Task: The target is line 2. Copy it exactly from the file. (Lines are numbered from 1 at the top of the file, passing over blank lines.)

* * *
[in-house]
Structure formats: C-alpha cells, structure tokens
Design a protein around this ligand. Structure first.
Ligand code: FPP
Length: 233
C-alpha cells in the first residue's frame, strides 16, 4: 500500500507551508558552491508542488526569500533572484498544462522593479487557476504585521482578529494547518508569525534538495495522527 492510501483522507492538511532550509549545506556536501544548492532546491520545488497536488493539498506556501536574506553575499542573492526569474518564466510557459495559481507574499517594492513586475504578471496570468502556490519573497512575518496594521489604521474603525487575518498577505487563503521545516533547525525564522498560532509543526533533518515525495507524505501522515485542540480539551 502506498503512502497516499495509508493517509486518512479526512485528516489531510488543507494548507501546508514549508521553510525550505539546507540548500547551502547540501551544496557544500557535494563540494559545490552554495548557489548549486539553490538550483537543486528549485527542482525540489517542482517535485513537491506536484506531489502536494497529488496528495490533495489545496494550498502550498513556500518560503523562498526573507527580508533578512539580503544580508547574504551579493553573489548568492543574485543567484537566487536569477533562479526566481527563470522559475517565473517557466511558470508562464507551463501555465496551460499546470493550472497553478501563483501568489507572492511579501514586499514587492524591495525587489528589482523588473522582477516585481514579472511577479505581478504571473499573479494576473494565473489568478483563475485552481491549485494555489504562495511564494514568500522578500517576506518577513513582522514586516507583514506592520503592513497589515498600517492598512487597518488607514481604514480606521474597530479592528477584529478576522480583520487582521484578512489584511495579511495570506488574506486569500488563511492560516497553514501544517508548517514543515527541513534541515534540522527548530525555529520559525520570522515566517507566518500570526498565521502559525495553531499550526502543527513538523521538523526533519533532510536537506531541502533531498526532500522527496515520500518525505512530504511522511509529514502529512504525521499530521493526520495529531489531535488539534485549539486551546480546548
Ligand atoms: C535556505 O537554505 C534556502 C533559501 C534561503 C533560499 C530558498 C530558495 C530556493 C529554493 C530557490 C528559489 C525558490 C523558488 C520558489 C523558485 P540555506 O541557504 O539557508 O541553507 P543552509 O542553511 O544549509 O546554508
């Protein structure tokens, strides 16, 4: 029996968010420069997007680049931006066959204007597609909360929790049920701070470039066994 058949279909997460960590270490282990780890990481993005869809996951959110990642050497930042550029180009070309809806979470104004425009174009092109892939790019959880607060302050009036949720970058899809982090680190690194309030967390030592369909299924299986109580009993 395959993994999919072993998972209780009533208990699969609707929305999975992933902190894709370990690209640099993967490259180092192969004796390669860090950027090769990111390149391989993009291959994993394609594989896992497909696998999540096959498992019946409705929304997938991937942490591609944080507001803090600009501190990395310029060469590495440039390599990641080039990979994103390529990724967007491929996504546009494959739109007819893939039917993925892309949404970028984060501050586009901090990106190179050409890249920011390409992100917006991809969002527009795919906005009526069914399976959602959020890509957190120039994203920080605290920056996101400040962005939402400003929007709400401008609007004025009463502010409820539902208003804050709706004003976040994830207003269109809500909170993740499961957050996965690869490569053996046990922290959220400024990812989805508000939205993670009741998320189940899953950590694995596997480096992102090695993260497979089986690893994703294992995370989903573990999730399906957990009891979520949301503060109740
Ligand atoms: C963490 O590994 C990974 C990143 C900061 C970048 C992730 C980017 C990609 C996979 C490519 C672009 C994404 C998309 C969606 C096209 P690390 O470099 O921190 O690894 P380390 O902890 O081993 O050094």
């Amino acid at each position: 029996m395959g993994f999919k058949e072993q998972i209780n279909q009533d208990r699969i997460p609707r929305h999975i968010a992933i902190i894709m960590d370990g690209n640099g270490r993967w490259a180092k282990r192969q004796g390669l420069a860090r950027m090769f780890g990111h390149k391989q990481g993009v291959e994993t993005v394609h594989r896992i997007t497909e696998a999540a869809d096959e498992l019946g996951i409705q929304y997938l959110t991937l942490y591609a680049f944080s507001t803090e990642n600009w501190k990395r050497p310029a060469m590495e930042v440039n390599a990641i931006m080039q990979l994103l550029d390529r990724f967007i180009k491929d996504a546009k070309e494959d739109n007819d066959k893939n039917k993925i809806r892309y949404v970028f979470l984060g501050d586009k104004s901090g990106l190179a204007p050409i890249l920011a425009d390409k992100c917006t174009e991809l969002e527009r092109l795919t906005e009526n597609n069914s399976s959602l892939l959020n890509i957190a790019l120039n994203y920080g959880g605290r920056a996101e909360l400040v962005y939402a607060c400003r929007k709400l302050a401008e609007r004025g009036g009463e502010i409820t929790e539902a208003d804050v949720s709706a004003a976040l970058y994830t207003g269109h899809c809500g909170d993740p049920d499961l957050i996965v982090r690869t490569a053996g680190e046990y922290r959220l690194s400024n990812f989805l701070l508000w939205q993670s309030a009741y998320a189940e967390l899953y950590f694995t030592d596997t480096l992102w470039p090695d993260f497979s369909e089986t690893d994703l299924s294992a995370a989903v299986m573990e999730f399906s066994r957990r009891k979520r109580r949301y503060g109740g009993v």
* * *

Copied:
Structure formats: C-alpha cells, structure tokens